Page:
Memorial Site, Former Concentration Camp Mauthausen

Mauthausen Concentration Camp Entrance
photo: Weghofer/BHÖ

Memorial Site, Concentration Camp Mauthausen (640.236) 

General and Historic Information

Only five months after the annexation of Austria to the German Reich on March 12th, 1939, the concentration camp was erected in Mauthausen. The construction works, executed by 300 prisoners of the concentration camp of Dachau, began on August 8th, 1938. At the end of 1941, the more essential construction works had been finished. The majority of the prisoners were forced to do heavy physical work in a quarry up to the point of exhaustion. The omnipresence of death, whether via the gas chamber, the gallows, gun bullets or other physical or psychological abuse, dominated their daily life at the camp. Due to the change of course of the war in 1943, the Nazi arms industry was relocated to underground installations and the functions of Concentration Camp Mauthausen extended. More and more sub-camps were built and added to the main camp. At that point, the majority of the prisoners were used to work those sub-camps. On May 5th, 1945, the day of liberation, the whole installation complex of the concentration camp encompassed around 120 hectares due to the ongoing expansion.

Around 200,000 people originating from more than thirty nations had been deported to the Concentration Camp and its sub-camps during the seven years of its existence. About half of them – women, children, men – were executed or died due to the consequences of the tortures during their imprisonment.

In 1949, former concentration camp Mauthausen was turned into a memorial site by the Austrian Federal Government in collaboration with former prisoners and became accessible to the public. It is maintained by the Federal Ministry for the Interior.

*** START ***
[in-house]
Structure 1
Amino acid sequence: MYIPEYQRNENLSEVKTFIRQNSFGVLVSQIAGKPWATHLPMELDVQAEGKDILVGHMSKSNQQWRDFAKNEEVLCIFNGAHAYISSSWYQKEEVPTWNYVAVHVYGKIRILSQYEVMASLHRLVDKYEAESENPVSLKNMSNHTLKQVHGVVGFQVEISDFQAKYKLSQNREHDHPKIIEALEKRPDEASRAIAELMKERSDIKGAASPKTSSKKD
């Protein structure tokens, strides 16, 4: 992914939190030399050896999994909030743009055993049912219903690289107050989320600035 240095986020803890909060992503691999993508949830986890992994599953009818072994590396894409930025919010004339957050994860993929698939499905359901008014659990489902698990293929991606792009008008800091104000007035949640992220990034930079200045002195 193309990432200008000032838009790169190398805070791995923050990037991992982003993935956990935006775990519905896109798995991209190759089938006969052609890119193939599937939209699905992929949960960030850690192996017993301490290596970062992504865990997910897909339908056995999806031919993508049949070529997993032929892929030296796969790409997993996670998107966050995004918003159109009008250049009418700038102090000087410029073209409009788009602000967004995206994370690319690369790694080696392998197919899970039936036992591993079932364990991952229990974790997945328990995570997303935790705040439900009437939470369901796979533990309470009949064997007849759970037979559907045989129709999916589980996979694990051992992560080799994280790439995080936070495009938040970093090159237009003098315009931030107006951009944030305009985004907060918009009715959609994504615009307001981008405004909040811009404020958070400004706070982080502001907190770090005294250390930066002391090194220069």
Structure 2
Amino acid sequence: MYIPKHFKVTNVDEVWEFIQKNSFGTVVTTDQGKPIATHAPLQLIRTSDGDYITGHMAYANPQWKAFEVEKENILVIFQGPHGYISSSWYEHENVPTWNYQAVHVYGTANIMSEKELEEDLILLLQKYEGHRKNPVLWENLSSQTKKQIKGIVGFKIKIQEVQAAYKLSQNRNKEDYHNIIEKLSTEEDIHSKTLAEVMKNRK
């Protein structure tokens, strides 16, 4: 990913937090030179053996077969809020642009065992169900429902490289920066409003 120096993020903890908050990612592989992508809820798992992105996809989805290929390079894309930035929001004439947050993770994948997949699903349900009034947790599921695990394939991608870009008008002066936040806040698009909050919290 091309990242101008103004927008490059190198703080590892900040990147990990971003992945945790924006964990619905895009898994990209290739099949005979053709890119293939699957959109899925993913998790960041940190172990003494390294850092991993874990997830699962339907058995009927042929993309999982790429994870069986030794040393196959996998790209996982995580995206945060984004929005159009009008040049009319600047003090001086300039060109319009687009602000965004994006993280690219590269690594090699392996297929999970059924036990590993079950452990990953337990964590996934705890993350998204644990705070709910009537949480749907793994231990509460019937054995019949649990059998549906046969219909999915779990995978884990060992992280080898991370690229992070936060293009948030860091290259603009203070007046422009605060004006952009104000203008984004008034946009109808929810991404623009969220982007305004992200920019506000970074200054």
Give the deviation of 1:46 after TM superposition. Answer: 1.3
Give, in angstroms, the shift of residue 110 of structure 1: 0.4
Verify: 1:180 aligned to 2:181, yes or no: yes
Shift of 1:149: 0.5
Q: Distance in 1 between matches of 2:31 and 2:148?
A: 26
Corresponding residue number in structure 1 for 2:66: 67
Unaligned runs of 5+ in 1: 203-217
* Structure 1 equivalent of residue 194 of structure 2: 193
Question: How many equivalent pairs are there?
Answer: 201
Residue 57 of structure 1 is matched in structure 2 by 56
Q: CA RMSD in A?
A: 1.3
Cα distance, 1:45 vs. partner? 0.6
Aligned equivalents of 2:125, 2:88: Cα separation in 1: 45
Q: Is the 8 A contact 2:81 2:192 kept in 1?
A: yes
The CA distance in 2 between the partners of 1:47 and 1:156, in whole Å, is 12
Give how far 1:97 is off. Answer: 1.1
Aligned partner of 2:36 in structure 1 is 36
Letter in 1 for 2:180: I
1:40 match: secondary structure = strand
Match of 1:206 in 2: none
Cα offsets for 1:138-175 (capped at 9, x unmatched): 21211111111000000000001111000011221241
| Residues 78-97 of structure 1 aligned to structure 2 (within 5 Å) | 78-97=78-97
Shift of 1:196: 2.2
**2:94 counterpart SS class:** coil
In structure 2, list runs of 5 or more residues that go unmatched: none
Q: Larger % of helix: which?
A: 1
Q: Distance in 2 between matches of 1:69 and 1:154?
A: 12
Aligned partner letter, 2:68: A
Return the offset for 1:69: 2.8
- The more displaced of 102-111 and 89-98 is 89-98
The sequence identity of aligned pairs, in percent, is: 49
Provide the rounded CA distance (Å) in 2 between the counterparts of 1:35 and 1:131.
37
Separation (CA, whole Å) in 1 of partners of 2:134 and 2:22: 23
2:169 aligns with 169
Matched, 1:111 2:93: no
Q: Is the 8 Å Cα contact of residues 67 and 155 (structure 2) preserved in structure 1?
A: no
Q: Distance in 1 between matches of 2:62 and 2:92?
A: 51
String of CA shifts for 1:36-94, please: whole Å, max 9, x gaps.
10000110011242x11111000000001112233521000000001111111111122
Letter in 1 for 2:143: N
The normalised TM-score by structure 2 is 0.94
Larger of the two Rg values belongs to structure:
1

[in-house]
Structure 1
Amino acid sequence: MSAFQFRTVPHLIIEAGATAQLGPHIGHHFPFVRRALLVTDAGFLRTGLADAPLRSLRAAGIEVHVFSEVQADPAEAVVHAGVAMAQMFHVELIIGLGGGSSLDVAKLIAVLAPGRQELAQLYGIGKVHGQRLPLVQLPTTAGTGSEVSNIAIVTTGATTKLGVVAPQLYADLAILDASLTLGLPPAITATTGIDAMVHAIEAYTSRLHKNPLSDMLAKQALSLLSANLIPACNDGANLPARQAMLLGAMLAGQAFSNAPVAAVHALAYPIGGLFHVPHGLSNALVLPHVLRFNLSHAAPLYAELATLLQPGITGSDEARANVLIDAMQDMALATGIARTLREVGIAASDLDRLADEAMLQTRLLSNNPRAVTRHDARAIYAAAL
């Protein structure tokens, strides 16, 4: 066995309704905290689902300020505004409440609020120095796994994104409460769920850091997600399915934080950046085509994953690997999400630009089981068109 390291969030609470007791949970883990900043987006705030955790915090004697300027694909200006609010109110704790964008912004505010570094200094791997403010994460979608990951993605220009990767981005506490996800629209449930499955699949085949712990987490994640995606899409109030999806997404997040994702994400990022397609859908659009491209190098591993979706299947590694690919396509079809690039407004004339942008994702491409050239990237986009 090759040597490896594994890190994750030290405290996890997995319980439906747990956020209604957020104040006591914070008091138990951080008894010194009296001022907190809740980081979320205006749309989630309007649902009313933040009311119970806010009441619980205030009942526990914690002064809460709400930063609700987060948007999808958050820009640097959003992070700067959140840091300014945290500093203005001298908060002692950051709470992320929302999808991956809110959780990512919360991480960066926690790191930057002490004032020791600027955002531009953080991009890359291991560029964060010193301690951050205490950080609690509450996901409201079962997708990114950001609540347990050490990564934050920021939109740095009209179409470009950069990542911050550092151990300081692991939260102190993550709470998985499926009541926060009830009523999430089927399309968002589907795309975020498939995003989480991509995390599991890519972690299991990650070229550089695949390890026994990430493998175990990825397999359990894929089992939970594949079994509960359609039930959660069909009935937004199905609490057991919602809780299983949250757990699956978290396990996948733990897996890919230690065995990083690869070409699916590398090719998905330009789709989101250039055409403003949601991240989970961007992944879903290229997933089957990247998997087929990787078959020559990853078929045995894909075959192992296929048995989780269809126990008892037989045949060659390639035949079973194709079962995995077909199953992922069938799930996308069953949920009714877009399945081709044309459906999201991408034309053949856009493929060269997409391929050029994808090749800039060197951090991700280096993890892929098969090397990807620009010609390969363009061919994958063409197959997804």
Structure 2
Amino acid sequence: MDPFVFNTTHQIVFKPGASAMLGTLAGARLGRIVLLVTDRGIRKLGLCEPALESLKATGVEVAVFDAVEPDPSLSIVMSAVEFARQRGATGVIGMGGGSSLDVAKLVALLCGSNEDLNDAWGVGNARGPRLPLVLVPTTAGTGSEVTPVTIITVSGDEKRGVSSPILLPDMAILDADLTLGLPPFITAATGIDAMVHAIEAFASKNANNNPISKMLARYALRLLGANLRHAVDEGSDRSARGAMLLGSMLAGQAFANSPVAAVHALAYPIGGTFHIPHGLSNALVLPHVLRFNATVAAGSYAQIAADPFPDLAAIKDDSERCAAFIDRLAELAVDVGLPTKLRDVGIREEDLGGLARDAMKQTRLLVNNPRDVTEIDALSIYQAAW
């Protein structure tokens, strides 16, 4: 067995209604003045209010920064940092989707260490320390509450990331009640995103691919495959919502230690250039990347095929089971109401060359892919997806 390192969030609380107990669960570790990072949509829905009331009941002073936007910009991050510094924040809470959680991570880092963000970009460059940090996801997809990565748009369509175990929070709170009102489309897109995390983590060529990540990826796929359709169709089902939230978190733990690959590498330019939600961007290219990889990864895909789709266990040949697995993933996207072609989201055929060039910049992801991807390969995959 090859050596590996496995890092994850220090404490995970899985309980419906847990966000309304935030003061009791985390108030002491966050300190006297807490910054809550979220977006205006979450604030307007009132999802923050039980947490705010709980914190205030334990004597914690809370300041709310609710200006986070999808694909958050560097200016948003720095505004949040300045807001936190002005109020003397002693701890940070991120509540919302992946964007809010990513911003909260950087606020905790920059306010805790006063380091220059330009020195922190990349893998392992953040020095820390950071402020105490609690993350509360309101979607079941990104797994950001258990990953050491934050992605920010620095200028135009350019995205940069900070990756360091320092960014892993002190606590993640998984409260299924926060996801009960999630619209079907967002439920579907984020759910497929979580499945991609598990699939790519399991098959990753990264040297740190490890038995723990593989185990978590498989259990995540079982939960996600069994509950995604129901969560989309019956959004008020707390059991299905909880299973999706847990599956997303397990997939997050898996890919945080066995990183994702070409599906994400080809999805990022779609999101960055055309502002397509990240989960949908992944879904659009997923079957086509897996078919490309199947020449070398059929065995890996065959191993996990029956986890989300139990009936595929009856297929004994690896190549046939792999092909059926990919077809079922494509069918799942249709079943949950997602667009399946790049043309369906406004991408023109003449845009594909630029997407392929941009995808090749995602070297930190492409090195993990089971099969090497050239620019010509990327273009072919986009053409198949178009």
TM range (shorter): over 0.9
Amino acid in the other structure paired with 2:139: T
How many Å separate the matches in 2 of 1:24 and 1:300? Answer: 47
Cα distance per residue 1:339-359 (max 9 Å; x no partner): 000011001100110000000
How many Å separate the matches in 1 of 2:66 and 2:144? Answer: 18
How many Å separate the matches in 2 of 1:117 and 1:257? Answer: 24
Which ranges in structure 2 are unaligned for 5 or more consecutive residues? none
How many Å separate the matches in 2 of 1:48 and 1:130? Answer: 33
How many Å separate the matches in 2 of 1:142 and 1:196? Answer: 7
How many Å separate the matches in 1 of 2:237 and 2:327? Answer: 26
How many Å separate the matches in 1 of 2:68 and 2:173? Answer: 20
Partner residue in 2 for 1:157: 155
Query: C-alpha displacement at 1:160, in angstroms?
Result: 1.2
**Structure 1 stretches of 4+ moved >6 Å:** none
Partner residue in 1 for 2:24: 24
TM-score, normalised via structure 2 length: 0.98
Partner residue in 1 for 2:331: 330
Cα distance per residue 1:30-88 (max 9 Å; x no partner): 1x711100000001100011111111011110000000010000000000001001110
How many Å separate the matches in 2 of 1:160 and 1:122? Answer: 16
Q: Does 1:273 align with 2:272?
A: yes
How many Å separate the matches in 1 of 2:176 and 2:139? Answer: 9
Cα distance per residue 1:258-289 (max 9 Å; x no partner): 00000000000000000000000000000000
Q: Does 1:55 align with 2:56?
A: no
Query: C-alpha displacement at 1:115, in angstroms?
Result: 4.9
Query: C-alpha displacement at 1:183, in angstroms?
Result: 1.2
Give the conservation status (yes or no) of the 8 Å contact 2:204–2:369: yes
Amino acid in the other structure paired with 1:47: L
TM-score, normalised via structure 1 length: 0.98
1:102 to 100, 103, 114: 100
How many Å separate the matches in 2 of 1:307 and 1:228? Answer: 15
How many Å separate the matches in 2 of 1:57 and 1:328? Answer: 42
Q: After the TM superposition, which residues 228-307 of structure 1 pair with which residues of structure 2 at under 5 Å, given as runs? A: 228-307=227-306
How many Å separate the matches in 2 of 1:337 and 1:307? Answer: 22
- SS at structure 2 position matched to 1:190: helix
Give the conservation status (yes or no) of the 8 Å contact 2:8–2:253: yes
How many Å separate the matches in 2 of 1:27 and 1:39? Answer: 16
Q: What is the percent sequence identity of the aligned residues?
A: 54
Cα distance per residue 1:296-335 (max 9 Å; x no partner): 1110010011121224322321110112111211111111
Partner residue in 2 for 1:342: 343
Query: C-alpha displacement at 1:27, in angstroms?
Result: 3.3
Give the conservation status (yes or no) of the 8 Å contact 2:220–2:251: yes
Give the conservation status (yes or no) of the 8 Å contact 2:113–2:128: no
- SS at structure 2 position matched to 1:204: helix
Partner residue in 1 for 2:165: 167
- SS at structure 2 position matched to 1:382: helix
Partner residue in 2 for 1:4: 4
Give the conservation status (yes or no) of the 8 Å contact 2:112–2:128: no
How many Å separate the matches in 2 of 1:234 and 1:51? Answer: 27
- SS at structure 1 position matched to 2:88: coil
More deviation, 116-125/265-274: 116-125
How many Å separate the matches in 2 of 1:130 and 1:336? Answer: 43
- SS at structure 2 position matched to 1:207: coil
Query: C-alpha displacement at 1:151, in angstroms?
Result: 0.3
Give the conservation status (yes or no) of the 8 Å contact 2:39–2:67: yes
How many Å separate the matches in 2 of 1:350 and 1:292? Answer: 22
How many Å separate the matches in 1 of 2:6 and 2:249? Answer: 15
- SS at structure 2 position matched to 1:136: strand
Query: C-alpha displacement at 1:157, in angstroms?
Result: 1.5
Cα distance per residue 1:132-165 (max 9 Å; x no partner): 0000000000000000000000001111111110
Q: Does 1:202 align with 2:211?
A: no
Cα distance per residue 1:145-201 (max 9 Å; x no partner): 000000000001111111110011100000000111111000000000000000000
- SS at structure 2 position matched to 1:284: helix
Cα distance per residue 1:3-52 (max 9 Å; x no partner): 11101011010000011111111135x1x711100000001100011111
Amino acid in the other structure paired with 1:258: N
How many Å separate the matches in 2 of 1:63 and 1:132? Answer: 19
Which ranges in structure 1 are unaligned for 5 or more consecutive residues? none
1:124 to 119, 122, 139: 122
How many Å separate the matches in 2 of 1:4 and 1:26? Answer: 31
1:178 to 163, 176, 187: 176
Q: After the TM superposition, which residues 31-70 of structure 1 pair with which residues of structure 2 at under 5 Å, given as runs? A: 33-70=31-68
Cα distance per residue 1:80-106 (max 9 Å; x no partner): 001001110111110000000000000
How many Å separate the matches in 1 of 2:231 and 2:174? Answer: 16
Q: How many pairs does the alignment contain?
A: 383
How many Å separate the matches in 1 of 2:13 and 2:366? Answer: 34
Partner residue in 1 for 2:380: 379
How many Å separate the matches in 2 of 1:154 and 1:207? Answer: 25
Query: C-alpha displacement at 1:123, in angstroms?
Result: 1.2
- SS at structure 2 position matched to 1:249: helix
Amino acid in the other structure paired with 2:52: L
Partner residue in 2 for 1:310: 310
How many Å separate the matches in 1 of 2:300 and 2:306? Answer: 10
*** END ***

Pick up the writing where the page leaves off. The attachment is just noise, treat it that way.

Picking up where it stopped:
Some of the remarkable features of the memorial site are the original topography of the campsite, the preserved buildings of the fortress-like installation, the quarry Wiener Graben with the so-called Fallschirmspringerwand (parachutists’ wall) and the death stairs of Todesstiege. A number of commemorative plaques have been placed in certain areas (crematorium – gas chamber) by relatives of victims. After September 1949, affected nations and communities have added memorials all along the pathway between the main campsite and the quarry. Their architecture reflects the mental attitude of those who had them built and show a wide spectrum of different forms of artistic expression.

(Sources: information folder "Mauthausen Memorial, KZ-Gedenkstätte Mauthausen", Federal Ministry of the Interior, Dep. IV/7, "das sichtbare unfassbare", Federal Ministry oft he Interior; Dep. IV/7/a, Archive of the Memorial Site of Concentration Camp Mauthausen, 2005)

For further information, go to: Mauthausen Komitee Österreich


Federal Ministry of the Interior 
mauthausen memorial - Mauthausen Concentration Camp Memorial site

Burghauptmannschaft Österreich – Departments in charge:
Building Management Department 403 - Schönbrunn
HVAC Department 403 - Schönbrunn
Property Management Department 201 - Administration